Opportunistic, fast, and thorough, Makoto Kimoto is once again preparing a new project that will carve his vision of Japanese bar culture out of a space left empty by a failed Capitol Hill-launched food+drink chain concept.
Even better, this sibling to E Pine’s Suika and Tamari Bar will bring a new daytime energy to the family.
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“As a customer, I was always looking for a place to eat at lunch time,” Kimoto tells CHS about his decision to take the plunge on Rondo, another highball, noodle, and Japanese bar food joint from the Suika and Tamari family, that will take over the Broadway space left empty by the abrupt exit of Junkichi Robata Izakaya.
The chain concept from the U.S. subsidiary of Japanese conglomerate Plenty, Inc. closed last month after less than a year of business. Plenty representatives haven’t returned our phone calls about the sudden closure but it is clear now that the restaurant won’t be reopening after “several months due to renovations” like its website promised. The final remnants of Junkichi are quickly disappearing. Its liquor license was yanked Monday.
Kimoto says he wasn’t looking to expand on Capitol Hill but when the opportunity to take over the Junkichi lease came to him, he fell in love with Broadway. With the development around the light rail facility opening with hundreds of new apartments next year and the busy flow of people to and from Capitol Hill Station, Kimoto feels like his new stretch of Broadway has “a bright future.”
Suika arrived on E Pine taking over the former 611 Supreme space in 2014 as an expansion of successful izakaya ventures in Vancouver BC. In early 2018, Kimoto made the leap across E Pine to open Tamari Bar in the space left vacant by the failure of the World of Beers concept.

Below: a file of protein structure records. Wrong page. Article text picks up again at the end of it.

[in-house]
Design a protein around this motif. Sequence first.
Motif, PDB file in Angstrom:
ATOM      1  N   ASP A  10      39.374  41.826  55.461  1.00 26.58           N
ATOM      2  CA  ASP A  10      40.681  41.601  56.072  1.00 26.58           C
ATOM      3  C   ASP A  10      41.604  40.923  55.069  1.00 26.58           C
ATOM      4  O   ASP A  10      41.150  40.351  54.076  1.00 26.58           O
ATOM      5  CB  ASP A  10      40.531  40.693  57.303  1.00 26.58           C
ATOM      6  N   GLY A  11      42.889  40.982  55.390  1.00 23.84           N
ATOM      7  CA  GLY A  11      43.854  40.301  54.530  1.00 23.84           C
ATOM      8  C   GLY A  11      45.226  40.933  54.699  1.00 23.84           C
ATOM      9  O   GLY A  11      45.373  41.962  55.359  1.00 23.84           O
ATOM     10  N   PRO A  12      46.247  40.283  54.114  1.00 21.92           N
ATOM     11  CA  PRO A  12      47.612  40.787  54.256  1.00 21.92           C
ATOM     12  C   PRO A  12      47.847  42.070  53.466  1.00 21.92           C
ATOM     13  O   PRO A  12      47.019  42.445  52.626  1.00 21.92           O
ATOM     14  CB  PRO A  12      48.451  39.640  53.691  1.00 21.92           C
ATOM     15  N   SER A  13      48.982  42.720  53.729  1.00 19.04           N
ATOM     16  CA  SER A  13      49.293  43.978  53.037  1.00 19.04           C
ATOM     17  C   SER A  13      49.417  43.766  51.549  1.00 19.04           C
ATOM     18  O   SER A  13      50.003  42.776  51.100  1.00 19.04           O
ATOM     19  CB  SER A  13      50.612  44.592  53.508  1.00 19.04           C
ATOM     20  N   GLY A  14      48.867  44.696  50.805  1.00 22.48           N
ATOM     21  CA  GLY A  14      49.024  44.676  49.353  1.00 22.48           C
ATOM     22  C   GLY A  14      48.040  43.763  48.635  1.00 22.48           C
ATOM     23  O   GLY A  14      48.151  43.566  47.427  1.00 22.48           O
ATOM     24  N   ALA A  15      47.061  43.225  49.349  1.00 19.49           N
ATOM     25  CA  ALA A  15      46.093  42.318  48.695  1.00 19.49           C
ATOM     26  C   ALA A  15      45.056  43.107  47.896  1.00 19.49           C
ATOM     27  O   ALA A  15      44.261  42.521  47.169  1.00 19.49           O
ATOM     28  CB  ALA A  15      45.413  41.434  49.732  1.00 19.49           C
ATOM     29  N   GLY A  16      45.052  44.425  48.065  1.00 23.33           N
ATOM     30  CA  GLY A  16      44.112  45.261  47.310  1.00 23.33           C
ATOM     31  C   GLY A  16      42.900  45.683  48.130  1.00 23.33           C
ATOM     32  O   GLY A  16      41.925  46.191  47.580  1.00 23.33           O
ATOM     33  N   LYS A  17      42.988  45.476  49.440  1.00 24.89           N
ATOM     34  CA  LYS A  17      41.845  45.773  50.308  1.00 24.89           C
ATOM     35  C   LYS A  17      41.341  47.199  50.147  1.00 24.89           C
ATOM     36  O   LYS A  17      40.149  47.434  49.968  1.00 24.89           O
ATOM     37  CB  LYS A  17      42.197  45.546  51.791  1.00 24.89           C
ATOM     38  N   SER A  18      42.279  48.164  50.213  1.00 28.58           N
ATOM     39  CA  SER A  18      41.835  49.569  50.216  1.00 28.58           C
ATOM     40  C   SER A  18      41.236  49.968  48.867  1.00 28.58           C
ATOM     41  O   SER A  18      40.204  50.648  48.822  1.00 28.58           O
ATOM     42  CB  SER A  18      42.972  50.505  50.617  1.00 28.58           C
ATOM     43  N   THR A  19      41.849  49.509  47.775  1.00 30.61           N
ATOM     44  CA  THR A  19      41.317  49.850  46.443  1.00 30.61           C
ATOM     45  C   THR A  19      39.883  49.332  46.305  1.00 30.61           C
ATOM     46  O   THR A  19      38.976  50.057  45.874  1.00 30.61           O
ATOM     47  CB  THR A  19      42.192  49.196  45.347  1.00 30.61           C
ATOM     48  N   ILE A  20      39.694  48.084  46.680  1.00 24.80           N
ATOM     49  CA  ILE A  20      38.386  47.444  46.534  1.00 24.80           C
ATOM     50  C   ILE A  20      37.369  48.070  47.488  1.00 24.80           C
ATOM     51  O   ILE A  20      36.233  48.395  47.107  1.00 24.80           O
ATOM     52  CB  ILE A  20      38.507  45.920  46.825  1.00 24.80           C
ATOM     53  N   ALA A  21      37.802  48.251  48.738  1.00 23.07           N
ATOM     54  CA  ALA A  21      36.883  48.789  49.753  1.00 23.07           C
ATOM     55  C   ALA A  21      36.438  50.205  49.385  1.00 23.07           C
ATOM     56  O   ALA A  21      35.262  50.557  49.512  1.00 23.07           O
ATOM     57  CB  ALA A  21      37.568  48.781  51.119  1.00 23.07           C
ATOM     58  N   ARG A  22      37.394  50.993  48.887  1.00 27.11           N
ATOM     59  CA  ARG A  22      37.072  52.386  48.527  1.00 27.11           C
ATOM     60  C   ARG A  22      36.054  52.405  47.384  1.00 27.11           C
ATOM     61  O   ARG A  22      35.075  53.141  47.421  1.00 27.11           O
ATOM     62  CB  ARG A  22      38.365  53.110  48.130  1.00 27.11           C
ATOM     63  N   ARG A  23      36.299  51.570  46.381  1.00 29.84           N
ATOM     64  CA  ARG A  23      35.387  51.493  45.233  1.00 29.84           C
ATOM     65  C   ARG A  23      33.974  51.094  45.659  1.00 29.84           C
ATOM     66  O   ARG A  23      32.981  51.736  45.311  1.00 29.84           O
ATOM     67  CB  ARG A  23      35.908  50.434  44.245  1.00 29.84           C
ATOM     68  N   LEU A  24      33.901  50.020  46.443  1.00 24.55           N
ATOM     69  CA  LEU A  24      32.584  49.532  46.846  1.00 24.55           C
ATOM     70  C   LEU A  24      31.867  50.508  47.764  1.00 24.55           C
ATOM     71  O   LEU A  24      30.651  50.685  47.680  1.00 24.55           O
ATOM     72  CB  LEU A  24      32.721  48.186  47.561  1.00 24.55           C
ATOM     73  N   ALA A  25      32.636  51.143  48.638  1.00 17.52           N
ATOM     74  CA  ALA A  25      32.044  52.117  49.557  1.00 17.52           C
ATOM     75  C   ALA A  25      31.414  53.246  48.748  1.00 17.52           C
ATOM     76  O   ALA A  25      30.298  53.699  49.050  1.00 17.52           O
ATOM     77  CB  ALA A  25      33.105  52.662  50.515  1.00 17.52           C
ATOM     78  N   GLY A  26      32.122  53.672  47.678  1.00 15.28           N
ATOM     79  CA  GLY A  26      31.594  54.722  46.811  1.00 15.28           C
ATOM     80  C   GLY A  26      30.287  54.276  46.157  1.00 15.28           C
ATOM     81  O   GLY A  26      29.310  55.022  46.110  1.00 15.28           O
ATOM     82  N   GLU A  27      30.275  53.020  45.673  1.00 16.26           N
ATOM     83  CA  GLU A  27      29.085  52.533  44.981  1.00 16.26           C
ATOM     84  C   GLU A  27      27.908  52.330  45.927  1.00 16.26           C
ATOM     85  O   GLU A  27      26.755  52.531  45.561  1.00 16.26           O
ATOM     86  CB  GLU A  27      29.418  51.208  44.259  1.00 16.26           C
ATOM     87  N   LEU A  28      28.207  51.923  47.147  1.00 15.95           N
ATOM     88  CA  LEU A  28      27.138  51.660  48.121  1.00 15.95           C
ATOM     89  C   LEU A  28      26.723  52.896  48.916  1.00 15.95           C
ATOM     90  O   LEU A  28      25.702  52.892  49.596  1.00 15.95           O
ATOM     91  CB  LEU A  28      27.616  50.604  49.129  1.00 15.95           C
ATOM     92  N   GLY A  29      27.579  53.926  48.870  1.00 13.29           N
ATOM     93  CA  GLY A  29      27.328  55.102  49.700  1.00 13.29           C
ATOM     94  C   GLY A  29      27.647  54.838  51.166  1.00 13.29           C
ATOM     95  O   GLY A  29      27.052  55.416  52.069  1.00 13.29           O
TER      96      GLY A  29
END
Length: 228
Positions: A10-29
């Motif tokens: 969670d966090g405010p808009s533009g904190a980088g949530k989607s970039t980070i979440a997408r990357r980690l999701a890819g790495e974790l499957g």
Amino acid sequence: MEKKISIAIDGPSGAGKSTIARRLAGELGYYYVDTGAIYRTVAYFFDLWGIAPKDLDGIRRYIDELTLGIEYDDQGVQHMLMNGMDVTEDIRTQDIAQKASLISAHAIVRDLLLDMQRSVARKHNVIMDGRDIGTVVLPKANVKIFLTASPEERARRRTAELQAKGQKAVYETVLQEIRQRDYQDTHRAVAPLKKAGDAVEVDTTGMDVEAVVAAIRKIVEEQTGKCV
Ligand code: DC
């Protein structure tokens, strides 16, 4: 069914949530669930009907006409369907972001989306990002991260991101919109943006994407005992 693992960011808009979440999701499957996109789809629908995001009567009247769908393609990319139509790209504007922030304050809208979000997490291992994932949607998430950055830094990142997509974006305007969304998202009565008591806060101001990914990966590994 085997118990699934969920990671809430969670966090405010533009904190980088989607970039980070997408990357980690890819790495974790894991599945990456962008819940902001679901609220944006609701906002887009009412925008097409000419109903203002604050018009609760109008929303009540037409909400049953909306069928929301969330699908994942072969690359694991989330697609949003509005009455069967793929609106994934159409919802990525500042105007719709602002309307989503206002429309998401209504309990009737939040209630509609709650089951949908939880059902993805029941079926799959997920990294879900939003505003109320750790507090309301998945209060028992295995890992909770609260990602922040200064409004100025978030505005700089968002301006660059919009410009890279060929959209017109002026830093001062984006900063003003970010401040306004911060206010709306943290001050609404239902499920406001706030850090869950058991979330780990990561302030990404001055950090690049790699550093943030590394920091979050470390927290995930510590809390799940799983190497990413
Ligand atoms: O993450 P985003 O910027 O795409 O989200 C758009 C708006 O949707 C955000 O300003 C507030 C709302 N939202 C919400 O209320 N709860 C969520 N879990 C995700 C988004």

As in the World of Beers opportunity, Kimoto will be able to put most of his Rondo energy into the look and feel and not the buildout of a new restaurant. At Rondo, the corporate investment to transform what started as an Einstein Bagels shop in The Lyric building won’t go to waste. The Stranger reports Kimoto’s crew can be found overhauling the Broadway restaurant into a new dragon-themed eatery:
In Japanese, “ron” means dragon and “do” means palace, so “Rondo” refers to the Dragon Palace in the story. (Kimoto also says he loves dragons in general, which makes sense, because dragons rule.) In honor of the mythical beast, Kimoto says he wants to use dry ice in certain food and drink presentations, and he wants to put cold-smoked dishes on the menu.
In addition to the smoke, fire will also be at the center of things as Rondo can put Junkichi’s centerpiece robata grill back into motion.
Expect “bento, noodles, donburi, sake, and cocktails, including some made by a Suntory Toki highball machine,” Eater Seattle reports.
Most important about the Rondo addition to the Kimoto family may not be the bento, smoke, and fire.
The new project is being described as a lunch and “early dinner” addition to Broadway. Rondo, at least for now, is shaping up to be a daytime companion to its izakaya bar siblings that brother and sister both sides of E Pine. The focus at Rondo will be more on the food end of things, Kimoto said. The Junkichi space doesn’t have a formal bar and won’t be getting one though there will still be plenty of booze. A Suntory highball for lunch? Why not.
Rondo is expected to open later this year at 224 Broadway E. You can keep track of progress at instagram.com/rondoseattle.